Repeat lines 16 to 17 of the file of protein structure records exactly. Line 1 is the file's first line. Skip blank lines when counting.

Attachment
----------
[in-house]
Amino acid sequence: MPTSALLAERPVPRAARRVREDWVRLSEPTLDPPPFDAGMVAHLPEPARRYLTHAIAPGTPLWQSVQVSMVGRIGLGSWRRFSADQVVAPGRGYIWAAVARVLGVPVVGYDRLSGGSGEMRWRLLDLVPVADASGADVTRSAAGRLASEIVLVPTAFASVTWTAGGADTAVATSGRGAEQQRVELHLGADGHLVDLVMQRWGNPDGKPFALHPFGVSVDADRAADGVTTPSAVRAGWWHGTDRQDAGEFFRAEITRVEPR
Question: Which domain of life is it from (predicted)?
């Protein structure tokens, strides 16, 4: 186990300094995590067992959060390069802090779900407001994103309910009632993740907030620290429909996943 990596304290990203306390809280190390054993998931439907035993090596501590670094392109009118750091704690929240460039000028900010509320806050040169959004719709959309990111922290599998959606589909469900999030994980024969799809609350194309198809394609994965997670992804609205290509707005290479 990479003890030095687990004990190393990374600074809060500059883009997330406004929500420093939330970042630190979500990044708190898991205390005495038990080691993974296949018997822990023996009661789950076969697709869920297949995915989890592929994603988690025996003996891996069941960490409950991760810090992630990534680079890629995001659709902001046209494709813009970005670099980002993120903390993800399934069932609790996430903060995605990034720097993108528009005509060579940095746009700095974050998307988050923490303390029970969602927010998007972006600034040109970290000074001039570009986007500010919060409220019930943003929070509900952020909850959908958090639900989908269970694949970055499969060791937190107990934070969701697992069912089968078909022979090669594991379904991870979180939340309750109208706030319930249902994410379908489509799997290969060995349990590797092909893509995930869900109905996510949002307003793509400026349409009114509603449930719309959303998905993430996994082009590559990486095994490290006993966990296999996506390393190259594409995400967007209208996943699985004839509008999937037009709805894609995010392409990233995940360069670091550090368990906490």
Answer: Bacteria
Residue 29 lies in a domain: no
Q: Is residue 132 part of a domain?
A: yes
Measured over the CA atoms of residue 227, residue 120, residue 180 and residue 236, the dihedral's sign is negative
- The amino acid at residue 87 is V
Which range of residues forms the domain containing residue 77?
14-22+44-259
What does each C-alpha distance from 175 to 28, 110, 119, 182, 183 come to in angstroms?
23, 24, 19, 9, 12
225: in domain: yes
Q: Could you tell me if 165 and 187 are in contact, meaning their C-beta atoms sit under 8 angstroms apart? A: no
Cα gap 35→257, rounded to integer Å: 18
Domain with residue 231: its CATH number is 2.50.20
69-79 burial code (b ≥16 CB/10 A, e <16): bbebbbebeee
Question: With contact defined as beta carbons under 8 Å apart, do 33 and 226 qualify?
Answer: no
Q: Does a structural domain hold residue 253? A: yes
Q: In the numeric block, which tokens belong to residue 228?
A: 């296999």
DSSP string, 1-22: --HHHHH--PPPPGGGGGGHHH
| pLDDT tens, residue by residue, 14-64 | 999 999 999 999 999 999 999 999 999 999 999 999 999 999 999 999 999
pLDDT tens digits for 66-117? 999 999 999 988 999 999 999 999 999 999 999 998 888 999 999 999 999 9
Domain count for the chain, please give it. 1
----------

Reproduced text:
Q: Could you tell me if 165 and 187 are in contact, meaning their C-beta atoms sit under 8 angstroms apart? A: no
Cα gap 35→257, rounded to integer Å: 18